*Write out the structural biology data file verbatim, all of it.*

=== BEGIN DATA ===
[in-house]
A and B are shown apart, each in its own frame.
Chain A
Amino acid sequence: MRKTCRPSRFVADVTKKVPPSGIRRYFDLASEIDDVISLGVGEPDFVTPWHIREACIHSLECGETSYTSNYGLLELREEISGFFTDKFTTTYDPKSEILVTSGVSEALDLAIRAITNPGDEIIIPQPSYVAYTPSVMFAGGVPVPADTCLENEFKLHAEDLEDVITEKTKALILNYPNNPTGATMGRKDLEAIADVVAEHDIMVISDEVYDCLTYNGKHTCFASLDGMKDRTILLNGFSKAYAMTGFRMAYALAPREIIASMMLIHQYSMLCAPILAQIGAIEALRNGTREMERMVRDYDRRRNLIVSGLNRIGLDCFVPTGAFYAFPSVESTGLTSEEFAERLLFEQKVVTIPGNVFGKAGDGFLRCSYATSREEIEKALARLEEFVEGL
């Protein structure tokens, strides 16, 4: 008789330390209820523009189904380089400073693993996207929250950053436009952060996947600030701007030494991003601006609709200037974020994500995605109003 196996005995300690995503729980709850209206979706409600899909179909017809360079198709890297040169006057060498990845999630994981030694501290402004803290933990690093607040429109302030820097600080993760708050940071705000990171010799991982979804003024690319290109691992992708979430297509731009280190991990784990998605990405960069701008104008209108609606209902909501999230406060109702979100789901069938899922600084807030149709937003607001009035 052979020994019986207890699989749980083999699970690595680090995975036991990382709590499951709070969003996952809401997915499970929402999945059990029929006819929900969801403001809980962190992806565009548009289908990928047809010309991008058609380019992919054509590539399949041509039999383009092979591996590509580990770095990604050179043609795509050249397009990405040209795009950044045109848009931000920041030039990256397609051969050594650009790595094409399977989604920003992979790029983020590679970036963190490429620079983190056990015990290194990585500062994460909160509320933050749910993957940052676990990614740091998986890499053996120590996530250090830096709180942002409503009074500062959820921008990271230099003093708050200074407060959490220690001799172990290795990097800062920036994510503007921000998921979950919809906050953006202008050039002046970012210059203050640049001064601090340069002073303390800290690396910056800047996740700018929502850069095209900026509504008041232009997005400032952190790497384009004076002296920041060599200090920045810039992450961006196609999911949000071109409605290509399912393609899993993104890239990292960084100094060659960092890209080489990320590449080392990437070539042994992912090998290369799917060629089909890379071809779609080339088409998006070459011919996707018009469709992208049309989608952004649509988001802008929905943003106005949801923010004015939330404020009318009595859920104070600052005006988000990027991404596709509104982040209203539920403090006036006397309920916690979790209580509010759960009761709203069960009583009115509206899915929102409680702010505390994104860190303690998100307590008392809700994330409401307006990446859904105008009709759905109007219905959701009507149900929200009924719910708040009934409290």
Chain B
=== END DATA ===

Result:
[in-house]
A and B are shown apart, each in its own frame.
Chain A
Amino acid sequence: MRKTCRPSRFVADVTKKVPPSGIRRYFDLASEIDDVISLGVGEPDFVTPWHIREACIHSLECGETSYTSNYGLLELREEISGFFTDKFTTTYDPKSEILVTSGVSEALDLAIRAITNPGDEIIIPQPSYVAYTPSVMFAGGVPVPADTCLENEFKLHAEDLEDVITEKTKALILNYPNNPTGATMGRKDLEAIADVVAEHDIMVISDEVYDCLTYNGKHTCFASLDGMKDRTILLNGFSKAYAMTGFRMAYALAPREIIASMMLIHQYSMLCAPILAQIGAIEALRNGTREMERMVRDYDRRRNLIVSGLNRIGLDCFVPTGAFYAFPSVESTGLTSEEFAERLLFEQKVVTIPGNVFGKAGDGFLRCSYATSREEIEKALARLEEFVEGL
């Protein structure tokens, strides 16, 4: 008789330390209820523009189904380089400073693993996207929250950053436009952060996947600030701007030494991003601006609709200037974020994500995605109003 196996005995300690995503729980709850209206979706409600899909179909017809360079198709890297040169006057060498990845999630994981030694501290402004803290933990690093607040429109302030820097600080993760708050940071705000990171010799991982979804003024690319290109691992992708979430297509731009280190991990784990998605990405960069701008104008209108609606209902909501999230406060109702979100789901069938899922600084807030149709937003607001009035 052979020994019986207890699989749980083999699970690595680090995975036991990382709590499951709070969003996952809401997915499970929402999945059990029929006819929900969801403001809980962190992806565009548009289908990928047809010309991008058609380019992919054509590539399949041509039999383009092979591996590509580990770095990604050179043609795509050249397009990405040209795009950044045109848009931000920041030039990256397609051969050594650009790595094409399977989604920003992979790029983020590679970036963190490429620079983190056990015990290194990585500062994460909160509320933050749910993957940052676990990614740091998986890499053996120590996530250090830096709180942002409503009074500062959820921008990271230099003093708050200074407060959490220690001799172990290795990097800062920036994510503007921000998921979950919809906050953006202008050039002046970012210059203050640049001064601090340069002073303390800290690396910056800047996740700018929502850069095209900026509504008041232009997005400032952190790497384009004076002296920041060599200090920045810039992450961006196609999911949000071109409605290509399912393609899993993104890239990292960084100094060659960092890209080489990320590449080392990437070539042994992912090998290369799917060629089909890379071809779609080339088409998006070459011919996707018009469709992208049309989608952004649509988001802008929905943003106005949801923010004015939330404020009318009595859920104070600052005006988000990027991404596709509104982040209203539920403090006036006397309920916690979790209580509010759960009761709203069960009583009115509206899915929102409680702010505390994104860190303690998100307590008392809700994330409401307006990446859904105008009709759905109007219905959701009507149900929200009924719910708040009934409290």
Chain B